Jane Austen did it every morning. Stephen King does it every day. Franz Kafka did it every night. Why have so many famous writers stuck like glue to a ritualized routine? Because it works.

For thousands of years humans have successfully used rituals to set in place things important to them: religion, rites of passage, marriage, birth, death, allegiances and oaths. And we all use rituals to manage bits of our life; from leaving our keys by the door to what’s the first thing you check on your phone in the morning.

You can consciously design a ritual to wrap your writing in – one that fits you like a finely made glove and eventually becomes habit. That ritual can protect you from all the yammering noises we’re using to stay in touch digitally – I’m talking about you, Slack! – and all the enticing online and offline distractions this mostly-digital society enjoys.

Here are a few of the more outlandish rituals of famous writers:

  • Da Vinci Code Author Dan Brown often hangs upside down to help clear his writer’s block.
  • Honoré de Balzac drank nearly 50 cups of coffee per day!
  • Jonathan Safran Foer will hang blank sheets of paper he receives from other famous authors on the wall for inspiration. 

Still unconvinced of the importance of routine? Have a look Shortlist.com’s post on the daily rituals of famous writers – and if you want to delve further into rituals for writers, you could do worse than Mason Currey’s Daily Rituals: How Artists Work.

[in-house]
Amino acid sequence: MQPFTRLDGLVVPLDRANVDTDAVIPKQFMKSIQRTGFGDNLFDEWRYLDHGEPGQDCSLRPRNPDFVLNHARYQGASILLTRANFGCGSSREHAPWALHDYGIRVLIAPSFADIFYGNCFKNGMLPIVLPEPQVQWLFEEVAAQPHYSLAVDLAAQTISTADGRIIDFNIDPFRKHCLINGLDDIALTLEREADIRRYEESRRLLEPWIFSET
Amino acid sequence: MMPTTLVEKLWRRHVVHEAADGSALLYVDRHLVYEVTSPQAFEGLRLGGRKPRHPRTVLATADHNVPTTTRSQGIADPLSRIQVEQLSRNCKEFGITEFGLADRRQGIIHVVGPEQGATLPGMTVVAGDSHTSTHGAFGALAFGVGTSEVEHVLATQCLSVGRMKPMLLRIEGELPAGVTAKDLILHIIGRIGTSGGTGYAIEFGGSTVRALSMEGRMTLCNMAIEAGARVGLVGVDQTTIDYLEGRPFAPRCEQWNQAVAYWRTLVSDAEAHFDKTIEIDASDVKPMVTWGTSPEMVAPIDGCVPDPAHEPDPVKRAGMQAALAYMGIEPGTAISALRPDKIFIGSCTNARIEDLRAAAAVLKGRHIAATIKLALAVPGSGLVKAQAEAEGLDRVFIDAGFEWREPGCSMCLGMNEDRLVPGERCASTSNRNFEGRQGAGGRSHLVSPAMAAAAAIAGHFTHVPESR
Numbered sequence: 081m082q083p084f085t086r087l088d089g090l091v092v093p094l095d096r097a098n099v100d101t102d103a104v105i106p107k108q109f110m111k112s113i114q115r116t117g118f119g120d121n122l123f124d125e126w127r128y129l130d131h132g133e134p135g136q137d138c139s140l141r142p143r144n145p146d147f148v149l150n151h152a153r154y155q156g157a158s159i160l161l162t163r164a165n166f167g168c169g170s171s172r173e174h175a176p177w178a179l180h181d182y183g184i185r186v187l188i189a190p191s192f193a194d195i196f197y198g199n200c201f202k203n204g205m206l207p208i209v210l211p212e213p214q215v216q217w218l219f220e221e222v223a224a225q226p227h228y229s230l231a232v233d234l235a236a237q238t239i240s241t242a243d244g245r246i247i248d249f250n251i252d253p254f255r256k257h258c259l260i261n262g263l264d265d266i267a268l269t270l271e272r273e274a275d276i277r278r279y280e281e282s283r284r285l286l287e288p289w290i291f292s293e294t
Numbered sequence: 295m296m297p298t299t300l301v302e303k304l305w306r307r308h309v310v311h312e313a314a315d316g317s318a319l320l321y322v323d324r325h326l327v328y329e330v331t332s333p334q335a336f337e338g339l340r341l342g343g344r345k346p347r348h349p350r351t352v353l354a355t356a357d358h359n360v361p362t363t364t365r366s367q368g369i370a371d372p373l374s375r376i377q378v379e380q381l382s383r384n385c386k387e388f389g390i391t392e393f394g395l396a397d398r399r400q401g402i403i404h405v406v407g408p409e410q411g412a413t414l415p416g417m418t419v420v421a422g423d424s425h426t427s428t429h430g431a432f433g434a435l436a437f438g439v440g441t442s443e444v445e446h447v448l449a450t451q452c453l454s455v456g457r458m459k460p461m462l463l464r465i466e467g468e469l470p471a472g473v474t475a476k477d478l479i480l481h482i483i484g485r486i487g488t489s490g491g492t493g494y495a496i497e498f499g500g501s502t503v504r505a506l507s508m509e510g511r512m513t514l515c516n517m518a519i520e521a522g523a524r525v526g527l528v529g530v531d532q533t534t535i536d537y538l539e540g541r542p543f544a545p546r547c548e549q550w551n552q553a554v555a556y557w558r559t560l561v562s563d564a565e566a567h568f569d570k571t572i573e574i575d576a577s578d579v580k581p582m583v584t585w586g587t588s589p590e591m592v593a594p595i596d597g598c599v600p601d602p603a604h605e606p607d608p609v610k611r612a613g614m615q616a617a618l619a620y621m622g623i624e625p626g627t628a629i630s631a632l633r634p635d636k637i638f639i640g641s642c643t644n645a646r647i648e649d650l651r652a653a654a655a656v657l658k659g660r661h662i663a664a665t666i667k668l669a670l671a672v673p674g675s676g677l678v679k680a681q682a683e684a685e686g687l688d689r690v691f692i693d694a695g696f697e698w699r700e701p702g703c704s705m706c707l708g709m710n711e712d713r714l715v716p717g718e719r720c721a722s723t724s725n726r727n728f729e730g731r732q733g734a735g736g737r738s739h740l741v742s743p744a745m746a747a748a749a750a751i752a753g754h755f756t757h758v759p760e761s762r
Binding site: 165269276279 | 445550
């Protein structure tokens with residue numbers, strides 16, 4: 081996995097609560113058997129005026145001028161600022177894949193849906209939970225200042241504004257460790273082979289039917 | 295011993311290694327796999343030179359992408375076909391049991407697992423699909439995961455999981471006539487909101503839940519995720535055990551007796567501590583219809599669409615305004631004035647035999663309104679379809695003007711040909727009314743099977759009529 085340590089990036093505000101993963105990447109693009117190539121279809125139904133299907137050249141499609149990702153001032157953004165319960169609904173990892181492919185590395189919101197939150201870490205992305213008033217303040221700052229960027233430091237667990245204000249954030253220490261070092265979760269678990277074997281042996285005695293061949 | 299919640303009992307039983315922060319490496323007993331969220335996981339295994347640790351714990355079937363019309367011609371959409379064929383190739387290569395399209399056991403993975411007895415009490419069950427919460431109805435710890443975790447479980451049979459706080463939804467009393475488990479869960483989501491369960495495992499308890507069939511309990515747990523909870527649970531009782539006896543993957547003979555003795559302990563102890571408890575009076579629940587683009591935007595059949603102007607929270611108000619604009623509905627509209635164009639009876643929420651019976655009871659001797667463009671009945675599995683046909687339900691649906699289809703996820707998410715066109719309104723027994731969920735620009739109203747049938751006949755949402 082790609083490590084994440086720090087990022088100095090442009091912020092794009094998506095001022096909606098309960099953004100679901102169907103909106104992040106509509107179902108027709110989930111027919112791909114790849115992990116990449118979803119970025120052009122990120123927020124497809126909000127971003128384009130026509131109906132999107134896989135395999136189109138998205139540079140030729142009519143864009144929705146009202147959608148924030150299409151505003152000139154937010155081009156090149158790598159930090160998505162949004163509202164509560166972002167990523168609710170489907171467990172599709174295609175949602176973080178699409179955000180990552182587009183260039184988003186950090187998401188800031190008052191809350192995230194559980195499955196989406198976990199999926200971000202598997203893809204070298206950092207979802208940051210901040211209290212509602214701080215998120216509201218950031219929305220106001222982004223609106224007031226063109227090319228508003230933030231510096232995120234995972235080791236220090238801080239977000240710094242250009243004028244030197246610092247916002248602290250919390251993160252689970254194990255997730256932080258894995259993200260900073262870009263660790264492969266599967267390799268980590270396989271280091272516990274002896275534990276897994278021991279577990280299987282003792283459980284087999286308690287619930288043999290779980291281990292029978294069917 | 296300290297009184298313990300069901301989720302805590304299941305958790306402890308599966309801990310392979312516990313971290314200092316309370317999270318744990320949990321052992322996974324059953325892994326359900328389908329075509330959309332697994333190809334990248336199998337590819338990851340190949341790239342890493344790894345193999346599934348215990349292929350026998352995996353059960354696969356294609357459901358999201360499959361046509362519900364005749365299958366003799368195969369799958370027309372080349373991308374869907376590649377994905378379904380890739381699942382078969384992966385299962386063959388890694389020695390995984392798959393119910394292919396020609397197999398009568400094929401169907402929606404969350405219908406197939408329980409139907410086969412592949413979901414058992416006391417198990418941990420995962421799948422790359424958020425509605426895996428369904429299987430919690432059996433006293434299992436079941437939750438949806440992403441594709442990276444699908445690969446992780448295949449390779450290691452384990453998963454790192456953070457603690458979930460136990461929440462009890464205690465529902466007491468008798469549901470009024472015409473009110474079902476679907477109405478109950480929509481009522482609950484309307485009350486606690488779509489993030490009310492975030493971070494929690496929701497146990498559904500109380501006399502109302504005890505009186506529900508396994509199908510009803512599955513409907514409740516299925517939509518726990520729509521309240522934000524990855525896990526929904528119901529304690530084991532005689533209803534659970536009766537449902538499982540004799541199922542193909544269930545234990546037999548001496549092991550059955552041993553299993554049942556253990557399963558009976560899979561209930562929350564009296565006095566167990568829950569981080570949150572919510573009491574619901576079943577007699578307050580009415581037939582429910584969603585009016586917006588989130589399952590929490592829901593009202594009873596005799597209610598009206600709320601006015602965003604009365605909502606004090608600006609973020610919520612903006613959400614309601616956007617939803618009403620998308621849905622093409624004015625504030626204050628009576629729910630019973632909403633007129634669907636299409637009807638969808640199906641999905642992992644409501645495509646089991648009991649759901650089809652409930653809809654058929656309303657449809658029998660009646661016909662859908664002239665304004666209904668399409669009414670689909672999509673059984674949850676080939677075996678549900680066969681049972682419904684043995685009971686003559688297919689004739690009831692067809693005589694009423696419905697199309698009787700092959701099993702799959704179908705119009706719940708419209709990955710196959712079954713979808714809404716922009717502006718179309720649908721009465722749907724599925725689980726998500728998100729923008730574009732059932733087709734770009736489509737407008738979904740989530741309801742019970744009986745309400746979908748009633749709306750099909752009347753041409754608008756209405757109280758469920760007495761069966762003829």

Writing is serious work – it need serious attention, focus, and commitment. Building a ritual for yourself as to how, where, when you will write and committing to it is a strong bridge over that black chasm between “I want to be a writer” and “I am a writer”.

Creating Your Ritual or Routine

How can you mine your own life for rituals or habits you can turn into an effective writing routine?

  • Notice how and when you are most creative or most prolific. Is it first thing in the morning, late at night or in those stolen moments during your lunch break? At home, in a coffee shop – or maybe even at a wine bar? What you’re already doing can often tell you more about your future success than what you’d like to be doing in the future.

 

  • Make it your own. You’ll read umpteen article about the rituals of famous writers – and one thread ties them altogether. They are highly individualized. While you can learn from how these writers developed their routines, try not to completely copy them. Listen to yourself and attend to your own eccentricities to find that habit all your own. Who knows, in a few years you might be sharing it with some group of aspiring writers!

 

  • Don’t be afraid to be quirky. As Steve Martin once said, the conscious mind is the editor, and the unconscious mind is the writer. Sometimes you have wade into eccentricity to tap your unconscious mind. Hey, whatever works, right?

 

Have a writing ritual, routine or quirk that helps you move through blocks and finish projects? Go ahead and share ’em in the comments below!

 

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